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HISTORY OF CANADA.   321

the province, which are still under the control of the Dominion parliament. Special provision was made, too, to satisfy the claims of the half-breeds, a large amount of land (1,400,000 acres) being reserved for them. The provincial government was to consist of a lieutenant-governor, legislative council, and an assembly of twenty-four members. In 1875 the legislative council was abolished ; and Manitoba has now (1897) a single chamber of forty members. The Manitoba Act was formally accepted by the "pro-visional government" of Reel River on the 23rd of June, 1870, and on the same day an Imperial order-in-council was issued, which provided that Rupert's Land and the North-West Territory—including, of course, Manitoba should, from and after July 15th, 1870, form part of the Dominion of Canada.

The Red River Expedition.—The Hon. Adams G. Archibald was appointed first lieutenant-governor of the province, and

in order to ensure a peaceful inauguration of the new government, it was decided that the military expedition to Red River should be proceeded with. Accordingly, in the summer of 1870, a force of about fourteen hundred (of whom less than four hundred were British regulars) under the command of Colonel Wolseley—afterwards Sir Garnet Wolseley, connmander-inchief of the British army —proceeded to the mouth of the Kam-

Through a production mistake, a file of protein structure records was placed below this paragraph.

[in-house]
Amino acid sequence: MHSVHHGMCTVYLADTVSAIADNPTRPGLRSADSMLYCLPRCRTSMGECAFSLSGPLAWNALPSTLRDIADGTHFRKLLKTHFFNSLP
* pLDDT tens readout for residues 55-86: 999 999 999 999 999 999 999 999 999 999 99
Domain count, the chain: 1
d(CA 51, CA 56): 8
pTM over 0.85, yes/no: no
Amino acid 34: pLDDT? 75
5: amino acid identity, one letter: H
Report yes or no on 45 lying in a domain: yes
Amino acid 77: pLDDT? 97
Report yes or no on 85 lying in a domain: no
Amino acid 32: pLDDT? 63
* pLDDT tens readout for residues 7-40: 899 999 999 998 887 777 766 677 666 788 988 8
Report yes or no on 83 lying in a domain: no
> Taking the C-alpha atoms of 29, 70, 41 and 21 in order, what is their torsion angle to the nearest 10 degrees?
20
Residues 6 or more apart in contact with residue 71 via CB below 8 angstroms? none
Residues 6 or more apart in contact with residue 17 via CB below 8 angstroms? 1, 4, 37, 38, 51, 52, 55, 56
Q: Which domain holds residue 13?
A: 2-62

inistiquia River on Lake Superior. Thence, by a long and fatiguing journey, partly by canoe and partly

on foot, the soldiers proceeded over the height of land to the shores of Lake Winnipeg. Ascending the Red River, they reached Fort Garry toward the end of August. No amnesty had been proclaimed, and for a time threats had been made that resistance would be offered to the advancing troops by the French half-breeds. No steps, however, were taken to carry out these threats, and upon \V'olseley's approach, Riel, Lepine and O'Donohue fled to the United States.

22

OLSELEY.

SIR GARNET

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